On a cool, cloudy July afternoon last year, San Francisco police officers patrolling near U.N. Plaza noticed a man acting strangely — more strangely than the average Civic Center wanderer. Believing he might be armed, the officers asked him to show his hands. He refused.
The officers fired beanbag rounds at him. From there, things could have quickly spun out of control, but they didn’t. The man lay face-down on the ground in front of the historic Hibernia Bank, where he remained for hours, refusing to cooperate. Streets around him were shut down, which clogged traffic but gave the situation some breathing room.
The man — who indeed had a gun — threatened to hurt himself; he said several times that he wanted police to take his life, according to then-Acting San Francisco Police Chief Toney Chaplin. Officers relayed messages from the man’s family, hoping to anchor him to the world of the living. After more than three hours of tense negotiations, they were able to get him to safety.
“We would’ve stayed out here until tomorrow,” Chaplin told the San Francisco Chronicle. “The bottom line is, we were able to resolve it because we had enough time.”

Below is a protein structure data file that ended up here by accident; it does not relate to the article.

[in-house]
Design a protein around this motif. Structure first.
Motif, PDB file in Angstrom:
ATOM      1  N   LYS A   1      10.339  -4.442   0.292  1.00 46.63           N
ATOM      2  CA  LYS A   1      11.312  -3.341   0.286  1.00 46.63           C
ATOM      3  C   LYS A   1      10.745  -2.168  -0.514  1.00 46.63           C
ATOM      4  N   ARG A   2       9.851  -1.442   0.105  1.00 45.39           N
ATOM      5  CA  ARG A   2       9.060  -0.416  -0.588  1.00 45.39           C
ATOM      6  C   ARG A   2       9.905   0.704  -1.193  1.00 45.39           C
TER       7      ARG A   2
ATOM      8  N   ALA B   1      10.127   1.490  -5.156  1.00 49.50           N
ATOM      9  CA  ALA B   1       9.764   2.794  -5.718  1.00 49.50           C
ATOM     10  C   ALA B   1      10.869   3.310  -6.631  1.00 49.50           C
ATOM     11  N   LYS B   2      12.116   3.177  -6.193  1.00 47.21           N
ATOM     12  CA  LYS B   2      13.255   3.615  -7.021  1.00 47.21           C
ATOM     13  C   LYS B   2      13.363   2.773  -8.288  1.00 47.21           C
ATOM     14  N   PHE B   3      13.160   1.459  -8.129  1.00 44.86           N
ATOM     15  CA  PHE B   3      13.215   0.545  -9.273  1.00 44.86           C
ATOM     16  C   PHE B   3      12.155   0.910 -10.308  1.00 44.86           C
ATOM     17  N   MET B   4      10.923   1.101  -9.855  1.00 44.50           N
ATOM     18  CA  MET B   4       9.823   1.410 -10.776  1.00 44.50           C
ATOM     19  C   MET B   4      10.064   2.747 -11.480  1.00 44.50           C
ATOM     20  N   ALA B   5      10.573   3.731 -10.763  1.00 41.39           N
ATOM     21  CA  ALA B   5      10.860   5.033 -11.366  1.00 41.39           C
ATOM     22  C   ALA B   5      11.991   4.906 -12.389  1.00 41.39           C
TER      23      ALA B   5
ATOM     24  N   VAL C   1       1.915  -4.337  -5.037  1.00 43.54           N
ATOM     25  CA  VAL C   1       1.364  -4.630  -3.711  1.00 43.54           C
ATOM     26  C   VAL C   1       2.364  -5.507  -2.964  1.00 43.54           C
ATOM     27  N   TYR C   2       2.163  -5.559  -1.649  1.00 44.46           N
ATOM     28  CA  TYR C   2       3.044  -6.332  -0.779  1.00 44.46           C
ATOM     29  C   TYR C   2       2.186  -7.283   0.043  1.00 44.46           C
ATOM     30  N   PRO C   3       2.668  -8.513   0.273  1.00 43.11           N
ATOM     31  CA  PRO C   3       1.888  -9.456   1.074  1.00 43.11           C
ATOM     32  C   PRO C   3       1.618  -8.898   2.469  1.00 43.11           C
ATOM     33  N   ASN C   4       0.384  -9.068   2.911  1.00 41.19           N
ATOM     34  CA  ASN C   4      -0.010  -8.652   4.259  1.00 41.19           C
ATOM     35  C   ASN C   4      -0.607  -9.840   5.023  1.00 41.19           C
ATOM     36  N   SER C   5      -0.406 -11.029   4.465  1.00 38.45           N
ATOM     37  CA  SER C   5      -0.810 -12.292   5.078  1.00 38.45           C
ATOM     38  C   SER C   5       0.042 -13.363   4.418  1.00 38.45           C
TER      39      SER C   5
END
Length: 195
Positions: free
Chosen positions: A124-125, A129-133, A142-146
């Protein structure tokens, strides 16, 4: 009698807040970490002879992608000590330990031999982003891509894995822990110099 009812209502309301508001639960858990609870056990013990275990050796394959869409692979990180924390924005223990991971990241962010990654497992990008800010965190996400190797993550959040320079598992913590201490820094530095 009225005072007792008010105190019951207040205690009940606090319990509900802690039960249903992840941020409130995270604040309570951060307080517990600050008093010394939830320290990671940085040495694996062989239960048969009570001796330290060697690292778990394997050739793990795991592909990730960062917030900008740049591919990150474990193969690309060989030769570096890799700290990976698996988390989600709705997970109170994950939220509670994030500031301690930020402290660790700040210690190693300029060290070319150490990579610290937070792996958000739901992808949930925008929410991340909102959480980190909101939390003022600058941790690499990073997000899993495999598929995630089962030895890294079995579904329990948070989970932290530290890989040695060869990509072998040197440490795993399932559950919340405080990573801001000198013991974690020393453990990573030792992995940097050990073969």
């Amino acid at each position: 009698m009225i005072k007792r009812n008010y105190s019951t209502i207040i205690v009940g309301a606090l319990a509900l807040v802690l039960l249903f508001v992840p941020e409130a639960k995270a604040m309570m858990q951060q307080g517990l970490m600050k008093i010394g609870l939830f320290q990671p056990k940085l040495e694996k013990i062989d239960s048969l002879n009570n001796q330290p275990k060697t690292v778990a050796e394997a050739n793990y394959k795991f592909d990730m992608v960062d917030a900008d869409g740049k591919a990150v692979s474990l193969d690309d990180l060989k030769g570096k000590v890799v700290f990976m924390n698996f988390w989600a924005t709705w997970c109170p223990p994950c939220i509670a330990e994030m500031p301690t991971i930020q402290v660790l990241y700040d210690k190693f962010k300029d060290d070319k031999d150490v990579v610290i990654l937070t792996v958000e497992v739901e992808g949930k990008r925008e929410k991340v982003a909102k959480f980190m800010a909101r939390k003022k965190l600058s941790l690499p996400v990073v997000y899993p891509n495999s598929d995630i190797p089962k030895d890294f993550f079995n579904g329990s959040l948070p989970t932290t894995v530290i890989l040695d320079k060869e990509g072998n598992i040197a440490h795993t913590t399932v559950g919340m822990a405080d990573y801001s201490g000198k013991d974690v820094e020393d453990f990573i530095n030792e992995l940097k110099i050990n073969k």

Mayor Ed Lee later praised the officers for their de-escalation skills.
On that afternoon, the police were, in some ways, lucky. When someone is trying to get police officers to kill them, they often do so by trying to force the situation into a crisis quickly, says Joel Fay, a psychologist and retired San Rafael Police Department officer who now teaches cops how to defuse such situations.
People seeking “suicide by cop” will often immediately confront and challenge the officers who respond, advancing at them with a weapon and denying them the opportunity to plan a level-headed response, Fay says. About a third of officer-involved shootings fall into this category.
“It’s a very popular way to die,” he recently told a room full of city park rangers and police dispatchers as part of the police department’s crisis intervention training.
The key, Fay says, is to create a sense of ambivalence in the subject, essentially so they lose their nerve. “If I can talk you out of committing suicide today, there’s a 94 percent chance you won’t try it again.”
In late 2015, California legislators passed two new laws requiring police officers to receive at least 15 hours of crisis intervention training, says San Francisco police Lt. Mario Molina, who specializes in such training. Since 2012, the SFPD has provided a 40-hour crisis intervention course for officers and other city workers who might need it — the park rangers, for example.